Tuesday, November 22, 2016

Time is the Great Killer

Retired Army Major General Robert Scales notes in this part 3 of an interview about his new book that force protection measures that limit exposure of American troops on the theory that this is the best way to avoid friendly casualties in fact leads to more casualties because it will likely extend the war. And time is the biggest killer of friendlies by giving your enemy more opportunities to kill your soldiers.

That's what I wrote back in 1997 in a Land Warfare Paper on lessons from the Iraqi invasion of Iran in 1980:

Our soldiers' lives are indeed valuable, and our country's insistence that we minimize risks to them is laudable (as well as being necessary due to the small size of the Army). Undue concern, however, is false compassion and, as was the case for Iraq in 1980, could result in even greater casualties in a prolonged war should we refuse--because of the prospects of battle deaths--to seize an opportunity for early victory.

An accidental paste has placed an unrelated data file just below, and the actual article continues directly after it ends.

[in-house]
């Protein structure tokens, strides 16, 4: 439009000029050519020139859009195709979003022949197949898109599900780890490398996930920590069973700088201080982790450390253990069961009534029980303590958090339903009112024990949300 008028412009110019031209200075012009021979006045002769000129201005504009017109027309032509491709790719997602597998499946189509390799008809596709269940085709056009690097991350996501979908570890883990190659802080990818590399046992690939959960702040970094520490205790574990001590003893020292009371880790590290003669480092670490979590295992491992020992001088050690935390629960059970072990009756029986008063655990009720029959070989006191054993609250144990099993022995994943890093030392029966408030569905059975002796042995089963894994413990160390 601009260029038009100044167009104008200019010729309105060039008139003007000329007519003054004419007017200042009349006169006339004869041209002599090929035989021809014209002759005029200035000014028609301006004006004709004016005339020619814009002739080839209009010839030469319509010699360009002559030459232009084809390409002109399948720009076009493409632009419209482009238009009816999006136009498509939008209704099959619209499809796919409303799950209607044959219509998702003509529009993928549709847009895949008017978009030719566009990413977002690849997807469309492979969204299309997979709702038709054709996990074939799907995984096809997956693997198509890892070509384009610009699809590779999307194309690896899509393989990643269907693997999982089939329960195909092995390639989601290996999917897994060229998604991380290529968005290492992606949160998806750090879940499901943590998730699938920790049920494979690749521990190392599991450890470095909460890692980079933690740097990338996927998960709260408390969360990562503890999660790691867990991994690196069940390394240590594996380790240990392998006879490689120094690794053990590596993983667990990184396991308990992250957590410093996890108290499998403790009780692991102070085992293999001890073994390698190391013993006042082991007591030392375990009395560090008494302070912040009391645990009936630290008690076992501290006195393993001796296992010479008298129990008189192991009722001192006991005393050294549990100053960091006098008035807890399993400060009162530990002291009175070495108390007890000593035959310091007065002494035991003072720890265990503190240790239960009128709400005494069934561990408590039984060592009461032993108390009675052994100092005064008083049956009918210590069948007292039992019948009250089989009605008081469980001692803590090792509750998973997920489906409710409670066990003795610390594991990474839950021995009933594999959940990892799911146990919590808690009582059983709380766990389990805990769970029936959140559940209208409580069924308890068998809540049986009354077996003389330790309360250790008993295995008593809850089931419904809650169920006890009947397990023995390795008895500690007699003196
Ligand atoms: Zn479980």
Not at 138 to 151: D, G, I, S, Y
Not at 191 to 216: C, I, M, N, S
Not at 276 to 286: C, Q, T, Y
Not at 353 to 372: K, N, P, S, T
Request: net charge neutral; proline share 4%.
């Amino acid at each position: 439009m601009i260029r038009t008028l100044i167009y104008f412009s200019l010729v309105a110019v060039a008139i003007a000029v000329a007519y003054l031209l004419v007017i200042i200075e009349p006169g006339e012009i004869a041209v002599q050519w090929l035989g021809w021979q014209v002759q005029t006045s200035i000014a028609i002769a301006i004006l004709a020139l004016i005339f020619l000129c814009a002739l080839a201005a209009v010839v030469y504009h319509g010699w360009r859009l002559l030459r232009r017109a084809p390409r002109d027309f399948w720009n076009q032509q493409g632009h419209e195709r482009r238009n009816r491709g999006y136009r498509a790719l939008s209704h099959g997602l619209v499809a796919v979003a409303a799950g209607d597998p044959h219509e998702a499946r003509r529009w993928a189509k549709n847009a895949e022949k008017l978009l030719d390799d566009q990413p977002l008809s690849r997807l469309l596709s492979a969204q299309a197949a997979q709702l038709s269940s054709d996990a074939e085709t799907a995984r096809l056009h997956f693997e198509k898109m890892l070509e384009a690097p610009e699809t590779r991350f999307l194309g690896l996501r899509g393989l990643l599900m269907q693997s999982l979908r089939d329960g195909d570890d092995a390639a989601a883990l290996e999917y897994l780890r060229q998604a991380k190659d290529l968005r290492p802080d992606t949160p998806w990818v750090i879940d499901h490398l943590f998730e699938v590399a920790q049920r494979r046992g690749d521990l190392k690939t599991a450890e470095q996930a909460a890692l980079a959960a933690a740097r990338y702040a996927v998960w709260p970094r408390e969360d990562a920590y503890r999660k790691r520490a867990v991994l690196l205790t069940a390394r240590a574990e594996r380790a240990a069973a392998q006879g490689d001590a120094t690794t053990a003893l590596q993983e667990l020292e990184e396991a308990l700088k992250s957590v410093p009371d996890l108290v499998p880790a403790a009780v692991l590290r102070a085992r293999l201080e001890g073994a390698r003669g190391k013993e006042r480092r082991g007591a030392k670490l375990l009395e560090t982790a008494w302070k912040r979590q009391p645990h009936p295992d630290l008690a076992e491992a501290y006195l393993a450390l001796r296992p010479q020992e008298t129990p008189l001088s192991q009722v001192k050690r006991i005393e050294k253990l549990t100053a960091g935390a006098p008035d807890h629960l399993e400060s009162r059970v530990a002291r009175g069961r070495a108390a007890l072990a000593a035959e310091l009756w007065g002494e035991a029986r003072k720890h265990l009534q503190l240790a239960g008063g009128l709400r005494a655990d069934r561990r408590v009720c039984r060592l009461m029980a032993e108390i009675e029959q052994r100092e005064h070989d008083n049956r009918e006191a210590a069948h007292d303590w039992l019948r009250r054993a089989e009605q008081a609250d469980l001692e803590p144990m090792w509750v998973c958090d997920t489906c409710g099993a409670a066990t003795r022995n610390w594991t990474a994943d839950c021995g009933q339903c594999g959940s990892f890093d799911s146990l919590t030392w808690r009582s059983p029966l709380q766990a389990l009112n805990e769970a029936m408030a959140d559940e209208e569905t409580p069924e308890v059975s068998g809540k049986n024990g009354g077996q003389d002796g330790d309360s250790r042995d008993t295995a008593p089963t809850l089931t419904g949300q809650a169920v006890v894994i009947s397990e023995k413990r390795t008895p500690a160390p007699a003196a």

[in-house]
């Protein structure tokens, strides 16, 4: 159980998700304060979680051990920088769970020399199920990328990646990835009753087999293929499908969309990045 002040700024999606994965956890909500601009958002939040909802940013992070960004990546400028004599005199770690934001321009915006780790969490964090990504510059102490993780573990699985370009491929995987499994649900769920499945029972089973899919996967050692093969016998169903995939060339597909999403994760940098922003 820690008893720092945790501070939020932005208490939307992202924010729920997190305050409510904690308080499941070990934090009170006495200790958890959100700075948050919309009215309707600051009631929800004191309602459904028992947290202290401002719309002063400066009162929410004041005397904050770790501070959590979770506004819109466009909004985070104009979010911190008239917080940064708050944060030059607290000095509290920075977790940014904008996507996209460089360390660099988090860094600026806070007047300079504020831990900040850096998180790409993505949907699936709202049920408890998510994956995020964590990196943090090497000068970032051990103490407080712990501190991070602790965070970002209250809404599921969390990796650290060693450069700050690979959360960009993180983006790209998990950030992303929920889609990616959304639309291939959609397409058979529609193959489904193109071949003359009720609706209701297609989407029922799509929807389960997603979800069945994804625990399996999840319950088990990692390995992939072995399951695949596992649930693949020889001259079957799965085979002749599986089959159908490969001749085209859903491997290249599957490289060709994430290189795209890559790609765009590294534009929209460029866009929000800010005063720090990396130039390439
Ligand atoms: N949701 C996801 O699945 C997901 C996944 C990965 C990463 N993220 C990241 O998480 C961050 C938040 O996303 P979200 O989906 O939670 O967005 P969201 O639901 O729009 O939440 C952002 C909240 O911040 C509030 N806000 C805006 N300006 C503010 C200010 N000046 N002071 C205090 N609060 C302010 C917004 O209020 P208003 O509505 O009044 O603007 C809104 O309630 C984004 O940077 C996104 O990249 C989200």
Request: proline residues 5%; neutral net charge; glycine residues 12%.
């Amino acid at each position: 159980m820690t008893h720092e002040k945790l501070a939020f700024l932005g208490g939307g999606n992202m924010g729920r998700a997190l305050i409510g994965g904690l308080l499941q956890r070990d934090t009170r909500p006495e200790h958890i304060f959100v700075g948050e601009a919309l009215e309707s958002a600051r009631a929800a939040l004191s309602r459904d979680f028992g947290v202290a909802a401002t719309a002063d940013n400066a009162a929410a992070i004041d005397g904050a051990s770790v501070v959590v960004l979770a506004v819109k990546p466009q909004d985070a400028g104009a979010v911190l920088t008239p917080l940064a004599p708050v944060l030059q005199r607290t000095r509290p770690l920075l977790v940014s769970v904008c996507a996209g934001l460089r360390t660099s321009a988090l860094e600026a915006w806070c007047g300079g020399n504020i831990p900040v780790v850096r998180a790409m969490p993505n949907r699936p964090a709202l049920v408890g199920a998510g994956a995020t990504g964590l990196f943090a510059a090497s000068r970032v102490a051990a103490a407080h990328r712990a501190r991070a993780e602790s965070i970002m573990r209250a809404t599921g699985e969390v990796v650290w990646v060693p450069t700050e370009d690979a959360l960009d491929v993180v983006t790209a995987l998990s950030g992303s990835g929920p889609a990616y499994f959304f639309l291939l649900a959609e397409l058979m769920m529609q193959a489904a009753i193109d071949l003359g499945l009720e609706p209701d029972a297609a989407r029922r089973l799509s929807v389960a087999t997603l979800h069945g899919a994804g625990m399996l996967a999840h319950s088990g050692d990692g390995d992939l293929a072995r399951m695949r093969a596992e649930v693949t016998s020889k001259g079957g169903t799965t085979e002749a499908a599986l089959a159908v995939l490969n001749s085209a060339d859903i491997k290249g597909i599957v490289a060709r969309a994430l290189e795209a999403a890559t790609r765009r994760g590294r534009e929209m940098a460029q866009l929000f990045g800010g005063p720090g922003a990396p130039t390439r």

Sorry. The paper is not available online, not even at the ghost site I linked to in that post.

When deciding to go to war, the first thing you should do is determine how you win rather than figuring out how to keep daily friendly casualties down to a level that won't disturb the evening dinner of Americans as they watch the news.

And in the end, winning as soon as you can will reduce casualties.